Veteran journalist Carl Hoffman believes he’s solved one of the great mysteries of the 20th century. In 1961 at the age of 23, Michael Rockefeller – son of New York Governor Nelson Rockefeller and a member of one of the richest and most powerful families in America ¬– travelled to remote New Guinea in search of primitive art for his father’s new museum.
A Provisional Ballot Primer
The Franklin County Board of Elections is sorting through more than 27,000 ballots. That’s the number of provisional ballots that were cast on Election Day and during the 30-day early voting period that preceded it. A provisional ballot, as the name implies, may or may not count.
The 27,000 provisional ballots cast in Franklin County during the general election amount to about 5 percent of all votes cast. An elections law expert at Ohio State University calls the provisional ballot an insurance policy. Edward Foley is a professor at OSU’s Moritz College of Law.
“If a voter goes to the polling place and there’s a question about the voter’s eligibility, the voter’s not turned away completely without the opportunity to cast a ballot and therefore express the voter’s preferences as to who should win,” Foley says. “But what makes it provisional is that it’s not automatically counted. It is going to be evaluated to be decided whether it can count or cannot count.”
Insurance policy, yes. But a person who votes provisionally also runs the risk of being disenfranchised.
“If you go to a polling place and it turns out it’s the wrong polling place they will give you a provisional ballot,” Foley says. “But automatically it won’t count because Ohio has a law that says you have to be at the correct polling place.”
It’s the responsibility of the poll worker to send the voter to the correct location, Foley says. But that may or may not happen.
“The poll worker is supposed to tell the voter, ‘Don’t vote here, sorry you had to wait in line but you need to go to this other location for your ballot to count.’ We don’t know how often that conversation occurs properly or whether it’s sometimes failed to be mentioned.”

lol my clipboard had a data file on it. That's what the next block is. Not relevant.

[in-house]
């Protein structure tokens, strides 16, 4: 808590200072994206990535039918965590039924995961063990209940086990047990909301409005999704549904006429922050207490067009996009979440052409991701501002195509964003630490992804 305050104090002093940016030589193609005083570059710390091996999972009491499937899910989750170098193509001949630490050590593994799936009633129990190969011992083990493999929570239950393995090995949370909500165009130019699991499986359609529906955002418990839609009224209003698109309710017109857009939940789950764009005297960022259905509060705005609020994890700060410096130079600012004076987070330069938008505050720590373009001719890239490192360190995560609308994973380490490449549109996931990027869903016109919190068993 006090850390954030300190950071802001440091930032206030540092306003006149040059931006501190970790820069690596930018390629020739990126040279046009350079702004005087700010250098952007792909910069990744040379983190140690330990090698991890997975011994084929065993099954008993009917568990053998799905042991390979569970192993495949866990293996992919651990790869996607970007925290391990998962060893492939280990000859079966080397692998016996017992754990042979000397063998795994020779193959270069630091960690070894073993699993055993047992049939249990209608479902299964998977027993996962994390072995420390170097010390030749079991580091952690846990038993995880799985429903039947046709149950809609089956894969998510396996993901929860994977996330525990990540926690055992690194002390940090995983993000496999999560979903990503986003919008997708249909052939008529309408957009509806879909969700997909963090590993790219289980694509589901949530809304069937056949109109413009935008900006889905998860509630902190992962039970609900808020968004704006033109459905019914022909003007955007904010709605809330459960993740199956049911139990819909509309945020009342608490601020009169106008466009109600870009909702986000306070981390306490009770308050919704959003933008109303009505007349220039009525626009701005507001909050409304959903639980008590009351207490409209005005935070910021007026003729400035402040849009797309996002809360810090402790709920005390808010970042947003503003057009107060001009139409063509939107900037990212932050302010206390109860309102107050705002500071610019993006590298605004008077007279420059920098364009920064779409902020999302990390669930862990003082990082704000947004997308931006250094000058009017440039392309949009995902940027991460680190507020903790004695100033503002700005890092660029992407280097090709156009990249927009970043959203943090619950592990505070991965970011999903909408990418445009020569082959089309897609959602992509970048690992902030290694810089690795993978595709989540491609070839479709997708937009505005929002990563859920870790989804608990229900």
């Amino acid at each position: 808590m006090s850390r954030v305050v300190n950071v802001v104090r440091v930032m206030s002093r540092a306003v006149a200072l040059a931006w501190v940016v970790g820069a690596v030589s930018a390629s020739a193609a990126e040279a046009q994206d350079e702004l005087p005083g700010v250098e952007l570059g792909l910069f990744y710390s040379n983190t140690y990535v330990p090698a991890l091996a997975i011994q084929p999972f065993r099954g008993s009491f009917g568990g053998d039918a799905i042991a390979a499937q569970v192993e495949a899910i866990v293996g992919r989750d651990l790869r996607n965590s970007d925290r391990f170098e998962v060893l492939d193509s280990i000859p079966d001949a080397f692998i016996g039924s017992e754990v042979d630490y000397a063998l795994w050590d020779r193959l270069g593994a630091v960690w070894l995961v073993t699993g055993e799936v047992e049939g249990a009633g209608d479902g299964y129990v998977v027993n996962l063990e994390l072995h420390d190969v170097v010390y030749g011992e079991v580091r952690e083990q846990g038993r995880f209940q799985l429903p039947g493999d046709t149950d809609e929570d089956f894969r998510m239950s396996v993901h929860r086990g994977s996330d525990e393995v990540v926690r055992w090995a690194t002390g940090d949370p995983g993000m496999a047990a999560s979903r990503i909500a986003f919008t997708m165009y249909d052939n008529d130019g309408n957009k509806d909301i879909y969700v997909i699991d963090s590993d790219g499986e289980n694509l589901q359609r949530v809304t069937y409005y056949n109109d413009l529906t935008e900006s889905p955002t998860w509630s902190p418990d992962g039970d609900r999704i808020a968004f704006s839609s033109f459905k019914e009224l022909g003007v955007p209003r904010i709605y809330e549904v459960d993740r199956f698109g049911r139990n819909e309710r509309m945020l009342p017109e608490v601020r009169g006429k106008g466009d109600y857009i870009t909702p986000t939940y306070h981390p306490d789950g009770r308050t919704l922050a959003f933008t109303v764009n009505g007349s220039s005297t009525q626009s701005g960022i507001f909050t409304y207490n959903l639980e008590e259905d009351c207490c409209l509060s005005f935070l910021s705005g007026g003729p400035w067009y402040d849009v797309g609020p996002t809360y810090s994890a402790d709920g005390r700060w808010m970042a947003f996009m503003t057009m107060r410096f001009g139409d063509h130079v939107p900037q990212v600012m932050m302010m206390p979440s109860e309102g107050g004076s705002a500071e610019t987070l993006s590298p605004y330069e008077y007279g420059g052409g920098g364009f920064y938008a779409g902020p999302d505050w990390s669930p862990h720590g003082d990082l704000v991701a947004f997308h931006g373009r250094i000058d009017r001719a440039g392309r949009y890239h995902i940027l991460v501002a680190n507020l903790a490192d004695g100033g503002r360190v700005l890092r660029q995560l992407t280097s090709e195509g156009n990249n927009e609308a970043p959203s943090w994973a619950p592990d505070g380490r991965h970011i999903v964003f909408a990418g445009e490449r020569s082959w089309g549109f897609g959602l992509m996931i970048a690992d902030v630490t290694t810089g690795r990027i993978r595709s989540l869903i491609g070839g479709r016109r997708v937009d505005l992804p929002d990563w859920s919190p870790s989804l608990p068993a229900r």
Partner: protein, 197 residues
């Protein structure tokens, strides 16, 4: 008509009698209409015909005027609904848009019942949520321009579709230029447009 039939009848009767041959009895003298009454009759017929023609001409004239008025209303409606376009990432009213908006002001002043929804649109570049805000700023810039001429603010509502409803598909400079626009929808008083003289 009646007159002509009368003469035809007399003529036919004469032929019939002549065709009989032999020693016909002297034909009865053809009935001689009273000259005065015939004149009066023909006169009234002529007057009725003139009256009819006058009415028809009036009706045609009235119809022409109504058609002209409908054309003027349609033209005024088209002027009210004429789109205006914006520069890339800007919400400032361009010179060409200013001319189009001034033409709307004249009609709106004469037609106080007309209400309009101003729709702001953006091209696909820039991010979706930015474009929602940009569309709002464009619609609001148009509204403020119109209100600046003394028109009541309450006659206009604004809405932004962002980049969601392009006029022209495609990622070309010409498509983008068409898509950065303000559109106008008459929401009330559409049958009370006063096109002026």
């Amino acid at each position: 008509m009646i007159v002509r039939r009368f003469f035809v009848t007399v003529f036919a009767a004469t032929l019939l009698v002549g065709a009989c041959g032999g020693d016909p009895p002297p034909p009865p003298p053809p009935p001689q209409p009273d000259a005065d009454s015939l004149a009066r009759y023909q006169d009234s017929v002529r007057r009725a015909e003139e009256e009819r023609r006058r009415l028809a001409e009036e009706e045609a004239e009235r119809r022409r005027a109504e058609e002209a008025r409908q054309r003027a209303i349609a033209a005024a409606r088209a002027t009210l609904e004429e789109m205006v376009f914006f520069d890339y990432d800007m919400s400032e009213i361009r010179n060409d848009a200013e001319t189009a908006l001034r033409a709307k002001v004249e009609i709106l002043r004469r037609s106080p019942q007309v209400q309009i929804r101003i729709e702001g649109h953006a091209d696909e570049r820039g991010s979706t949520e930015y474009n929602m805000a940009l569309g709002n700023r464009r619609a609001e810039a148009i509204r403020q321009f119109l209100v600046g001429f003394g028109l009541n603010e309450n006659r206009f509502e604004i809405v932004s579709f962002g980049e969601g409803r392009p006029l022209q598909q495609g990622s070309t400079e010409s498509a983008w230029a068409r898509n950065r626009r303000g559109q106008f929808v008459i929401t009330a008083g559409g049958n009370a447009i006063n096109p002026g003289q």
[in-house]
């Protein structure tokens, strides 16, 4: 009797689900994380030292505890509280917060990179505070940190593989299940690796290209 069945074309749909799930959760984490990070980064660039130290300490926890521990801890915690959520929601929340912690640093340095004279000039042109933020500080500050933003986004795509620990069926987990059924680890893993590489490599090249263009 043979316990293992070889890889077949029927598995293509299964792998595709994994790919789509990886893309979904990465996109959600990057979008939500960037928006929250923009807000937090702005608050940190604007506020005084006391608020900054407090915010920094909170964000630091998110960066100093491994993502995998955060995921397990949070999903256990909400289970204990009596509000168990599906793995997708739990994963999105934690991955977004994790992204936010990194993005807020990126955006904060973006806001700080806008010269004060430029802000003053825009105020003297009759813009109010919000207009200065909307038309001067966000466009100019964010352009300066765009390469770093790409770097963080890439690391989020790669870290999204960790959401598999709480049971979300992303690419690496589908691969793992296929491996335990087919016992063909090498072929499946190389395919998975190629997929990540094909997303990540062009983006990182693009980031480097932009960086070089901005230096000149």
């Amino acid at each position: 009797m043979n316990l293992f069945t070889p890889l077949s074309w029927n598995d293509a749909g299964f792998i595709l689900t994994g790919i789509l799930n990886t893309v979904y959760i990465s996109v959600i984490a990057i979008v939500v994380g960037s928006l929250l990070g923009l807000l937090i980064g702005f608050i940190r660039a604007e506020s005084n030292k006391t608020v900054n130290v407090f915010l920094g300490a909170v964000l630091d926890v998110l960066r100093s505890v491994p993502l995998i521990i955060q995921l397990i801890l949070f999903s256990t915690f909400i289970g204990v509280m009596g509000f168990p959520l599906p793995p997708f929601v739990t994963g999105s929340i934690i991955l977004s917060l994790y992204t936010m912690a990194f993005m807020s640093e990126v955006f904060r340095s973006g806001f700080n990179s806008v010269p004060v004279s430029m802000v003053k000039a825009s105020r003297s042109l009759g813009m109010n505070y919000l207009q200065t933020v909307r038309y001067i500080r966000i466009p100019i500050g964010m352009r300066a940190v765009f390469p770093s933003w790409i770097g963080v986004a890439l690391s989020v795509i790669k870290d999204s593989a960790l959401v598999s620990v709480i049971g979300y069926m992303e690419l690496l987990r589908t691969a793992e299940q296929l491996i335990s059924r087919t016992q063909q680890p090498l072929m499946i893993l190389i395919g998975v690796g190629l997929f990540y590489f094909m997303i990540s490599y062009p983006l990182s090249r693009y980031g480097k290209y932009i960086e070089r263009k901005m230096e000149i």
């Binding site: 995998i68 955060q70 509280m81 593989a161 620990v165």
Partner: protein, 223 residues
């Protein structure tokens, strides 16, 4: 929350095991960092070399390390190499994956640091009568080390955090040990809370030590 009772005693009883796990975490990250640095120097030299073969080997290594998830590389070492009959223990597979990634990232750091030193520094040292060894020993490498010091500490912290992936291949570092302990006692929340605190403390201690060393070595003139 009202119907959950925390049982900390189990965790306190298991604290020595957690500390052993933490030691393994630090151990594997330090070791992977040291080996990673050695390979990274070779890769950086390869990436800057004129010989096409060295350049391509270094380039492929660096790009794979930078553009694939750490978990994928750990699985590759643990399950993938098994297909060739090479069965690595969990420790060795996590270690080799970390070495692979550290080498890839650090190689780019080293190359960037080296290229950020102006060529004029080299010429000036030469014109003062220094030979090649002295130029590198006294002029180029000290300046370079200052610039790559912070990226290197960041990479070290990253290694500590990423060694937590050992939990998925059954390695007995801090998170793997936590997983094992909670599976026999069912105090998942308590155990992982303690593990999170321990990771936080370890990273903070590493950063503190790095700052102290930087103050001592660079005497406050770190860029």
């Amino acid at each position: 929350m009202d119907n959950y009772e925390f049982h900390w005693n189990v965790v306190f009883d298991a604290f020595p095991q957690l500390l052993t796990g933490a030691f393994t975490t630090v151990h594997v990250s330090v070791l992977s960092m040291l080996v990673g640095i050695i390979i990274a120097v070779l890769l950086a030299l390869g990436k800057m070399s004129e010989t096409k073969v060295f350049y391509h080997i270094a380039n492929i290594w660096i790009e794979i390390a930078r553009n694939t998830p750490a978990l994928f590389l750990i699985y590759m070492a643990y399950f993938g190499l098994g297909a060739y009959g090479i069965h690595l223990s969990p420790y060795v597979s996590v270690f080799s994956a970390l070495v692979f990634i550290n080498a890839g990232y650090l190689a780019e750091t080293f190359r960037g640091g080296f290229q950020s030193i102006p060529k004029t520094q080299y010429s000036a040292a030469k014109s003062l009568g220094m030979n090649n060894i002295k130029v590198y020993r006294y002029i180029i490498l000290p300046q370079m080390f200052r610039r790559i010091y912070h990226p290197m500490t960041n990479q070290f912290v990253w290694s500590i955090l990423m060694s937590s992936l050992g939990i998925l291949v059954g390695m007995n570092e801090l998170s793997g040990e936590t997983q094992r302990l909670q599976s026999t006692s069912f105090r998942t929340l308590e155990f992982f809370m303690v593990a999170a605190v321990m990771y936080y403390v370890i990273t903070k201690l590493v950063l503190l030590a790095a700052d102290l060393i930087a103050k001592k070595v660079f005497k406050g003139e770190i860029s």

On Tuesday there were scattered complaints from people who said they were required to vote provisionally. Hundreds of people had to do it because the board of elections had flagged their names in error on voting rolls. Sometimes it’s the voter’s fault; a voter might have an address change but not notified the board with the new information. Then there are the demands placed on poll workers.
“The state law actually has 14 different specified reasons that a voter might have to vote provisionally,” Foley says. “And of course it’s very hard for the poll workers to keep track of all of them on Election Day when there are long lines and people wanting to vote and so forth.”
Earlier in the week, the secretary of state’s office expressed concern that a projected 35,000 Franklin County voters had to cast provisional ballots. County officials released the 27,000 figure Thursday, saying that a five percent provisional ballot rate was not excessive. When it becomes excessive, Edward Foley says it’s time to find out why.
“If a jurisdiction has an excessively high rate at which provisional ballots are cast, then even though they all get counted down the road, it’s not necessarily a success story,” Foley says. “Why is it that all these people were given provisional ballots rather than regular ballots? Yes we’re glad that it gets counted in the end, but was it really necessary to give them a provisional ballot in the first place?”Not all provisional ballots do get counted. Foley says that on average about 20 percent are disqualified.